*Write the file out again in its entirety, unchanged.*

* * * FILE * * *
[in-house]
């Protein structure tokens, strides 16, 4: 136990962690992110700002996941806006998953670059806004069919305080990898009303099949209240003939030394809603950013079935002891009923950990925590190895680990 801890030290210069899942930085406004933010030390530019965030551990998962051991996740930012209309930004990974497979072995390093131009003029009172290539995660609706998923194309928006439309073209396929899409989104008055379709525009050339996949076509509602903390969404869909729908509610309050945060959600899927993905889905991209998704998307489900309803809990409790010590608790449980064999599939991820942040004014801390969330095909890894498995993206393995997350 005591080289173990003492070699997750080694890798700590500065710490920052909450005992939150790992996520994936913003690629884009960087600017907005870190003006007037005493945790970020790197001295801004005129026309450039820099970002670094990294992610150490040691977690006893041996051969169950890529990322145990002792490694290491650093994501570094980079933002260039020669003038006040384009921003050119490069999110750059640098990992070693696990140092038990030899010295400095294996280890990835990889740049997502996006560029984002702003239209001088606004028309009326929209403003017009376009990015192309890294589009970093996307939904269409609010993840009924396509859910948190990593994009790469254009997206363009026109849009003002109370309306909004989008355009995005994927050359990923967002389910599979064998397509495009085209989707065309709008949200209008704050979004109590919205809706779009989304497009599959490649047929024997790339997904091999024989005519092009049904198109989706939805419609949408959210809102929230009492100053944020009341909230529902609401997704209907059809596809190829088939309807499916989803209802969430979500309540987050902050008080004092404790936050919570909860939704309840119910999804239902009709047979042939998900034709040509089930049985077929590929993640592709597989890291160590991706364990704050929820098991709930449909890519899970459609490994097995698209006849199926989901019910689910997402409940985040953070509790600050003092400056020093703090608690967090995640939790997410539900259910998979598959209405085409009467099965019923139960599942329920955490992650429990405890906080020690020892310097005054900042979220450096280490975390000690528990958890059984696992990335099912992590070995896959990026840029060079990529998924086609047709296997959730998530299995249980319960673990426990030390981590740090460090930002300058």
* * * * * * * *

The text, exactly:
[in-house]
């Protein structure tokens, strides 16, 4: 136990962690992110700002996941806006998953670059806004069919305080990898009303099949209240003939030394809603950013079935002891009923950990925590190895680990 801890030290210069899942930085406004933010030390530019965030551990998962051991996740930012209309930004990974497979072995390093131009003029009172290539995660609706998923194309928006439309073209396929899409989104008055379709525009050339996949076509509602903390969404869909729908509610309050945060959600899927993905889905991209998704998307489900309803809990409790010590608790449980064999599939991820942040004014801390969330095909890894498995993206393995997350 005591080289173990003492070699997750080694890798700590500065710490920052909450005992939150790992996520994936913003690629884009960087600017907005870190003006007037005493945790970020790197001295801004005129026309450039820099970002670094990294992610150490040691977690006893041996051969169950890529990322145990002792490694290491650093994501570094980079933002260039020669003038006040384009921003050119490069999110750059640098990992070693696990140092038990030899010295400095294996280890990835990889740049997502996006560029984002702003239209001088606004028309009326929209403003017009376009990015192309890294589009970093996307939904269409609010993840009924396509859910948190990593994009790469254009997206363009026109849009003002109370309306909004989008355009995005994927050359990923967002389910599979064998397509495009085209989707065309709008949200209008704050979004109590919205809706779009989304497009599959490649047929024997790339997904091999024989005519092009049904198109989706939805419609949408959210809102929230009492100053944020009341909230529902609401997704209907059809596809190829088939309807499916989803209802969430979500309540987050902050008080004092404790936050919570909860939704309840119910999804239902009709047979042939998900034709040509089930049985077929590929993640592709597989890291160590991706364990704050929820098991709930449909890519899970459609490994097995698209006849199926989901019910689910997402409940985040953070509790600050003092400056020093703090608690967090995640939790997410539900259910998979598959209405085409009467099965019923139960599942329920955490992650429990405890906080020690020892310097005054900042979220450096280490975390000690528990958890059984696992990335099912992590070995896959990026840029060079990529998924086609047709296997959730998530299995249980319960673990426990030390981590740090460090930002300058």